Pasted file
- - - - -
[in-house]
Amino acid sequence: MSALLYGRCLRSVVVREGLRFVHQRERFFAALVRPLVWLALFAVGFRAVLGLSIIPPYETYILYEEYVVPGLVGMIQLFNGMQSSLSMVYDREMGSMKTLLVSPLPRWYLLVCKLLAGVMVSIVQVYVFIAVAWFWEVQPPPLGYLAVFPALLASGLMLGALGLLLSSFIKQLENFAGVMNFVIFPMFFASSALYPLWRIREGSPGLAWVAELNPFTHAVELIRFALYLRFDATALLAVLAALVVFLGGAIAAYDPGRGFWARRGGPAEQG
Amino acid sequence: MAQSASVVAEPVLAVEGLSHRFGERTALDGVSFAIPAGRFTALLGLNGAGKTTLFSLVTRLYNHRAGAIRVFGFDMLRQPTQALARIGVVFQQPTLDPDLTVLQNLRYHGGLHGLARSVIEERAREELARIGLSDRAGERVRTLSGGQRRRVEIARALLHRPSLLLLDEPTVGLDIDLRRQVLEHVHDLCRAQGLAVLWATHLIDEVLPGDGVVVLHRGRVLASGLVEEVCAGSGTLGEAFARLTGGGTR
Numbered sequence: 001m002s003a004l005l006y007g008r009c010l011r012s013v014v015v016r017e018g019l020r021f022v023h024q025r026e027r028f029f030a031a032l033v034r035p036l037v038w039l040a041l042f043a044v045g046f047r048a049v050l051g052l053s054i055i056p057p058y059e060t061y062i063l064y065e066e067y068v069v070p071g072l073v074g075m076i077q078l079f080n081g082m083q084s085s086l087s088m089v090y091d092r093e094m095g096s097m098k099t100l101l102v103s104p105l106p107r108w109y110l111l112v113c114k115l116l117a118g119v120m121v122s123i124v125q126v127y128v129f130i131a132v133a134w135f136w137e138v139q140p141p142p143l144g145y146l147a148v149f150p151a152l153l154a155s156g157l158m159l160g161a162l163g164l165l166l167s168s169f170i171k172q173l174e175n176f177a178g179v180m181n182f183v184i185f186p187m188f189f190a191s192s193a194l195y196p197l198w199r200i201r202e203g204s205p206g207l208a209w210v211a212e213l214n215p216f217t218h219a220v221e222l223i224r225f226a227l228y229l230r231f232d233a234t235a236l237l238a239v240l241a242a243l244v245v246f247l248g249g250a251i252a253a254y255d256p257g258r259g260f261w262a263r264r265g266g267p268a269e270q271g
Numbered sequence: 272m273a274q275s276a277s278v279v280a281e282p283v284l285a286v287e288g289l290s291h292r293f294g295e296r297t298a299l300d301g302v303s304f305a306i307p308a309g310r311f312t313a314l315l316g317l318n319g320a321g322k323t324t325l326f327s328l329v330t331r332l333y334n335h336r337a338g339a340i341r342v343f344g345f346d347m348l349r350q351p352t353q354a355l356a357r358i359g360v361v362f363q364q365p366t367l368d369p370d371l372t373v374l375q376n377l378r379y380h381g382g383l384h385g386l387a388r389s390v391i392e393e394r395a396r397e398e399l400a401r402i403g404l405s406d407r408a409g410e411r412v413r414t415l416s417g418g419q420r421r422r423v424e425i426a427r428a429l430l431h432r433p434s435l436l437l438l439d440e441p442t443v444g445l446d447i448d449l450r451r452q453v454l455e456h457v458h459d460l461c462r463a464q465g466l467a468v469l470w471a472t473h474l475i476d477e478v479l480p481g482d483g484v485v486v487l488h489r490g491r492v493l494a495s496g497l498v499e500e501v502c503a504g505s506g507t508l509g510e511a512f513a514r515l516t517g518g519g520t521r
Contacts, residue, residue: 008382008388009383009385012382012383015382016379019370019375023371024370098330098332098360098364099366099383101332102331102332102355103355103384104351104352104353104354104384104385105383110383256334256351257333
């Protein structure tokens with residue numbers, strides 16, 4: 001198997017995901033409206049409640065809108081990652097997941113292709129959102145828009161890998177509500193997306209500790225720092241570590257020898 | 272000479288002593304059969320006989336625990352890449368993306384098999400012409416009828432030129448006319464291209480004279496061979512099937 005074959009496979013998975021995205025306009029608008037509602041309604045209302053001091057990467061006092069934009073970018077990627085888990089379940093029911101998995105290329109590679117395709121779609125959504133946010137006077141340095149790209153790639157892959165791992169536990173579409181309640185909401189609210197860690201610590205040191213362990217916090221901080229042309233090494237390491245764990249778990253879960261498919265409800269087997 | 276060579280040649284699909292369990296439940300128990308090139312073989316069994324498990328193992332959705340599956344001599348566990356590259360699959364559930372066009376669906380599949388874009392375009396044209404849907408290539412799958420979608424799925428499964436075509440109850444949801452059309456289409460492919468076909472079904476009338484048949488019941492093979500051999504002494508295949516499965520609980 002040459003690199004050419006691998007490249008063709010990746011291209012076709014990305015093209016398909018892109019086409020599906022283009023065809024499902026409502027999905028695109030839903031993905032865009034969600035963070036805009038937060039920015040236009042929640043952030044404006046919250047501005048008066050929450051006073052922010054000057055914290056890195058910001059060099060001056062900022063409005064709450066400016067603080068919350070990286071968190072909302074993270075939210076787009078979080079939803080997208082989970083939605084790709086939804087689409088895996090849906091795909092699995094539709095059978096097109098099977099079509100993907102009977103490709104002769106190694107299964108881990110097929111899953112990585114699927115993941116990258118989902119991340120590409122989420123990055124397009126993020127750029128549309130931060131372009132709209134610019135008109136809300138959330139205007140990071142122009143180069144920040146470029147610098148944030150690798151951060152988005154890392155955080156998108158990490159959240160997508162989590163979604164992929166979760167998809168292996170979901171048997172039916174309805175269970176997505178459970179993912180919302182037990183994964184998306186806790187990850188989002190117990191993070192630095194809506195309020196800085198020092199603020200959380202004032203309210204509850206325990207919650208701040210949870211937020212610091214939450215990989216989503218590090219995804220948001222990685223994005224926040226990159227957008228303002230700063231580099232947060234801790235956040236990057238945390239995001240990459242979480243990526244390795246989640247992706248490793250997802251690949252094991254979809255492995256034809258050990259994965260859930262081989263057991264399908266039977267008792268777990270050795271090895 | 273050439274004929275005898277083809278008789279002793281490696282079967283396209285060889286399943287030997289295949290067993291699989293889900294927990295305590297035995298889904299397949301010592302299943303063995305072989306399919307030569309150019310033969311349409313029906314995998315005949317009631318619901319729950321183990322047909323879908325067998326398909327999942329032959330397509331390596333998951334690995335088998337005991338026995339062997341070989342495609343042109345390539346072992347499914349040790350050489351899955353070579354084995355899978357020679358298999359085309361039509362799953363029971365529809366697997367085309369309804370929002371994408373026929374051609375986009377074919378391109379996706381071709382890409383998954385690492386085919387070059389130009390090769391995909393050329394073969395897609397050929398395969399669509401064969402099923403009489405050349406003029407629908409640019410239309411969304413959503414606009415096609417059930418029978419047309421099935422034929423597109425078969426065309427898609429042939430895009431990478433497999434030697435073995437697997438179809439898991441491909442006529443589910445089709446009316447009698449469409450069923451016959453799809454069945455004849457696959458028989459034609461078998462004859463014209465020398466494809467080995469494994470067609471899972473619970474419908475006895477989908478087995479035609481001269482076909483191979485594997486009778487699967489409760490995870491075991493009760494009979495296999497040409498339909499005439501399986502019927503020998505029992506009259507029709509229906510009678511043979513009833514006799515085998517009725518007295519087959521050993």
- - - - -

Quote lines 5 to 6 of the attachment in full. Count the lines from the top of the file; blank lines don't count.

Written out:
Numbered sequence: 272m273a274q275s276a277s278v279v280a281e282p283v284l285a286v287e288g289l290s291h292r293f294g295e296r297t298a299l300d301g302v303s304f305a306i307p308a309g310r311f312t313a314l315l316g317l318n319g320a321g322k323t324t325l326f327s328l329v330t331r332l333y334n335h336r337a338g339a340i341r342v343f344g345f346d347m348l349r350q351p352t353q354a355l356a357r358i359g360v361v362f363q364q365p366t367l368d369p370d371l372t373v374l375q376n377l378r379y380h381g382g383l384h385g386l387a388r389s390v391i392e393e394r395a396r397e398e399l400a401r402i403g404l405s406d407r408a409g410e411r412v413r414t415l416s417g418g419q420r421r422r423v424e425i426a427r428a429l430l431h432r433p434s435l436l437l438l439d440e441p442t443v444g445l446d447i448d449l450r451r452q453v454l455e456h457v458h459d460l461c462r463a464q465g466l467a468v469l470w471a472t473h474l475i476d477e478v479l480p481g482d483g484v485v486v487l488h489r490g491r492v493l494a495s496g497l498v499e500e501v502c503a504g505s506g507t508l509g510e511a512f513a514r515l516t517g518g519g520t521r
Contacts, residue, residue: 008382008388009383009385012382012383015382016379019370019375023371024370098330098332098360098364099366099383101332102331102332102355103355103384104351104352104353104354104384104385105383110383256334256351257333